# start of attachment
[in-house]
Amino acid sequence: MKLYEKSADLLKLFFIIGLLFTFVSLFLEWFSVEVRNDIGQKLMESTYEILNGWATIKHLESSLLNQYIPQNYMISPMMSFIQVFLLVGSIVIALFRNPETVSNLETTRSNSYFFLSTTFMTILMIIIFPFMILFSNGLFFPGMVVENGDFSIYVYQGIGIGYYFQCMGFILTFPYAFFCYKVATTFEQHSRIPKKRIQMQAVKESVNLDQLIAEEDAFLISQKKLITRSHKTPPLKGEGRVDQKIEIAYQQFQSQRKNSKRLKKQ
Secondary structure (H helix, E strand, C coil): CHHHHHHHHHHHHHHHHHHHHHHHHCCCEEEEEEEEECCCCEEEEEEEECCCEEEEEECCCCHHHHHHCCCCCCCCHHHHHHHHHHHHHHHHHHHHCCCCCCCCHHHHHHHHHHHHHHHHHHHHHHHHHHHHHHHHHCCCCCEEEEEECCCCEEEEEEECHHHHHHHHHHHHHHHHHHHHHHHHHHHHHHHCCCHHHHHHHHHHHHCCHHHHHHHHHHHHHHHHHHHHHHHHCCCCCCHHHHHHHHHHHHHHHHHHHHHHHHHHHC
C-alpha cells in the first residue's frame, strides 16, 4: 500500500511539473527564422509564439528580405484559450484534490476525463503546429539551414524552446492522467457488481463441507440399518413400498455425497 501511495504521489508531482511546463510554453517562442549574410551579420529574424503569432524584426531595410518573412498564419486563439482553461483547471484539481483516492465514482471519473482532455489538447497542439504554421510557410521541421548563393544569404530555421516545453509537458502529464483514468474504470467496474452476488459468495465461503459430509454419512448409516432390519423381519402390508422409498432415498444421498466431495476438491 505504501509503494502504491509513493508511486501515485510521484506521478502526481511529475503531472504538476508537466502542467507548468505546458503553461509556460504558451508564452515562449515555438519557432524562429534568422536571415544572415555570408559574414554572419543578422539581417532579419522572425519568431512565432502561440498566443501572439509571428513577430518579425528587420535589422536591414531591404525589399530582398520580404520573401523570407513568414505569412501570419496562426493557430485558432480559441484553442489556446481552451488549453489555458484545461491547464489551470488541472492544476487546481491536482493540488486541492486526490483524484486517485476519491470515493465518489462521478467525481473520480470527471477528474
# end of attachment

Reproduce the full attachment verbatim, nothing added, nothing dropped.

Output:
[in-house]
Amino acid sequence: MKLYEKSADLLKLFFIIGLLFTFVSLFLEWFSVEVRNDIGQKLMESTYEILNGWATIKHLESSLLNQYIPQNYMISPMMSFIQVFLLVGSIVIALFRNPETVSNLETTRSNSYFFLSTTFMTILMIIIFPFMILFSNGLFFPGMVVENGDFSIYVYQGIGIGYYFQCMGFILTFPYAFFCYKVATTFEQHSRIPKKRIQMQAVKESVNLDQLIAEEDAFLISQKKLITRSHKTPPLKGEGRVDQKIEIAYQQFQSQRKNSKRLKKQ
Secondary structure (H helix, E strand, C coil): CHHHHHHHHHHHHHHHHHHHHHHHHCCCEEEEEEEEECCCCEEEEEEEECCCEEEEEECCCCHHHHHHCCCCCCCCHHHHHHHHHHHHHHHHHHHHCCCCCCCCHHHHHHHHHHHHHHHHHHHHHHHHHHHHHHHHHCCCCCEEEEEECCCCEEEEEEECHHHHHHHHHHHHHHHHHHHHHHHHHHHHHHHCCCHHHHHHHHHHHHCCHHHHHHHHHHHHHHHHHHHHHHHHCCCCCCHHHHHHHHHHHHHHHHHHHHHHHHHHHC
C-alpha cells in the first residue's frame, strides 16, 4: 500500500511539473527564422509564439528580405484559450484534490476525463503546429539551414524552446492522467457488481463441507440399518413400498455425497 501511495504521489508531482511546463510554453517562442549574410551579420529574424503569432524584426531595410518573412498564419486563439482553461483547471484539481483516492465514482471519473482532455489538447497542439504554421510557410521541421548563393544569404530555421516545453509537458502529464483514468474504470467496474452476488459468495465461503459430509454419512448409516432390519423381519402390508422409498432415498444421498466431495476438491 505504501509503494502504491509513493508511486501515485510521484506521478502526481511529475503531472504538476508537466502542467507548468505546458503553461509556460504558451508564452515562449515555438519557432524562429534568422536571415544572415555570408559574414554572419543578422539581417532579419522572425519568431512565432502561440498566443501572439509571428513577430518579425528587420535589422536591414531591404525589399530582398520580404520573401523570407513568414505569412501570419496562426493557430485558432480559441484553442489556446481552451488549453489555458484545461491547464489551470488541472492544476487546481491536482493540488486541492486526490483524484486517485476519491470515493465518489462521478467525481473520480470527471477528474